One of my greatest problems in dealing with other people is the immense inner reserve that I have. It functions as a still, quiet core of my personality that few people ever see glimpses of, and even fewer actually interact with. The opaque mask I lay over that reserve is what other people see on a daily basis, never even suspecting that something else lies beneath; never suspecting that what they're seeing is only the part of my personality that I feel comfortable showing. I envision it as a planetary system; moving, changing objects circling around an unchanging, unmoving core.
Jeff has had better luck breaking through those defenses than anyone else I've ever known; I think that's why I married him. Even for him, the person who knows me best, I think he finds me to be frustrating and evasive at times. He's learned to accept me as the maddening, annoying, and often childlike person that I am; for some reason he seems to think it's all worth it in the end.
For the past couple of months I've really been dissatisfied with myself and the way I've been living my life. I see the calendar advancing upon me; see the passage of years reflected on my face, and ask myself, "What have I done? Can I point to anything that I've done that has been good, been worthwhile, been a good enough reason to justify to myself having been put on this planet in the first place?" Being a halfway decent spouse and friend evidently isn't enough for me, evidently.
I said something to Andy tonight over dinner (sushi, by the way) that was intended as a light-hearted comment but has rang almost constantly in my head since I said it: "I've only really, deeply cared about two things in my life: cooking and writing. I'm not good enough to do cooking professionally, and I've been too terrified for the past six years to try to write again."
Everything else I've done in my life—collegiate career and employment career—has felt like nothing but marking time. Subtracting, one at a time, single years from an unknown total of them. I think I know my path and am too scared to follow it, for fear it will lead to failure.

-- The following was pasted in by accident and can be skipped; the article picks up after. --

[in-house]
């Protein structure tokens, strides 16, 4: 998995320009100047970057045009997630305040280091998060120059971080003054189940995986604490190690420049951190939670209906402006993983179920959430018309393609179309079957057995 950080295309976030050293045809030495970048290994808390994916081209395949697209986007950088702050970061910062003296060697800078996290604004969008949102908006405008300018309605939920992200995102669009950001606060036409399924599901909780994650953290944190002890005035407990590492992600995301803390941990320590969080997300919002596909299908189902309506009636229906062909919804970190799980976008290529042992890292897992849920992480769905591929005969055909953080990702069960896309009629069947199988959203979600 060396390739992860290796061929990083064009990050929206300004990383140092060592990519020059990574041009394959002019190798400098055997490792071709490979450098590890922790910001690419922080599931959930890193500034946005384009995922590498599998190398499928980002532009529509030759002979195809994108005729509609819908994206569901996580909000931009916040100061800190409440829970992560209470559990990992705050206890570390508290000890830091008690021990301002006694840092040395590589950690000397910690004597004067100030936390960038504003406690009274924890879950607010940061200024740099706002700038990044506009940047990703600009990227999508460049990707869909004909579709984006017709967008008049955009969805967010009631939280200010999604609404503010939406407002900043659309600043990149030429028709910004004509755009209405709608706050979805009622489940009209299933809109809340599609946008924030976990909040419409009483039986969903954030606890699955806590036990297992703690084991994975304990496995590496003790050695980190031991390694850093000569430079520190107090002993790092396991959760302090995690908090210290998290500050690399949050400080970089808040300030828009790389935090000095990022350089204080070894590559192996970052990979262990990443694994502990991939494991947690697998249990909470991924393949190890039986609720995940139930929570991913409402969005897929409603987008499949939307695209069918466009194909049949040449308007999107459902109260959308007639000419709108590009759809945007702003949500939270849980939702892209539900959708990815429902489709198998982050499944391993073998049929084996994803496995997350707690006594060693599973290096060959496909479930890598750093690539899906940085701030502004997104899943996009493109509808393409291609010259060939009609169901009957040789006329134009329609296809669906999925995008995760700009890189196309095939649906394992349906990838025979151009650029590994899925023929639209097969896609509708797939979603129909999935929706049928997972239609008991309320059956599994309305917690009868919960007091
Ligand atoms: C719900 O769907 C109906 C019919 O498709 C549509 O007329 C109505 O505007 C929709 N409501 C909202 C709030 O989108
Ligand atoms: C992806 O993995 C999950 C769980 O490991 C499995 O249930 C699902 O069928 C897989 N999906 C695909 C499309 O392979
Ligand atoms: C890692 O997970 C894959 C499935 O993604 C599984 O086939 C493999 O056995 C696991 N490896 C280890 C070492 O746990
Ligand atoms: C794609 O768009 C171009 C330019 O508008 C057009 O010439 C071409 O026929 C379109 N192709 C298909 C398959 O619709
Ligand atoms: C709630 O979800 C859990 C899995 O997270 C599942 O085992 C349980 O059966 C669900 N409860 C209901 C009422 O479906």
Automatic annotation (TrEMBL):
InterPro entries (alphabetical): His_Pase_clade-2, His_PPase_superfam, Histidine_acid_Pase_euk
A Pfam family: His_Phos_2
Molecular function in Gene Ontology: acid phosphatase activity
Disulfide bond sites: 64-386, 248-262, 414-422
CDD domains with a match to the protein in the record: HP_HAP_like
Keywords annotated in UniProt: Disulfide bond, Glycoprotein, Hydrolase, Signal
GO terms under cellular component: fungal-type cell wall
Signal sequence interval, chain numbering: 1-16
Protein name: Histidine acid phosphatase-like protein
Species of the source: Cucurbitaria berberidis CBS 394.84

Jeff has always managed to have faith in me—have faith not just in the cynical, exterior me that everyone sees, but the but the silent, observing me that few people know. He doesn't even have to tell me that he believes in me; it shows in his face without words needing to be said. As my birthday approaches, and I begin to once again take stock of my life, I'm hanging onto the idea that someone believes in me, even when I'm having so much trouble believing in myself.
I have a lot more thinking to do. It's going to be a long drive up to New York tomorrow; that will give me a few hours. While I wish that Jeff were with me to talk to me about all of this, I also realize that this time away from him (and everyone else) is what's giving me the space and freedom to think this deeply at this time. I'm not sure if any resolution will come of this, but I just know that my questioning grows more insistent as I grow older.
Chances are, this will be the last I write before I come home on Sunday. I rather doubt I'll have time before then. Until then, cheers.)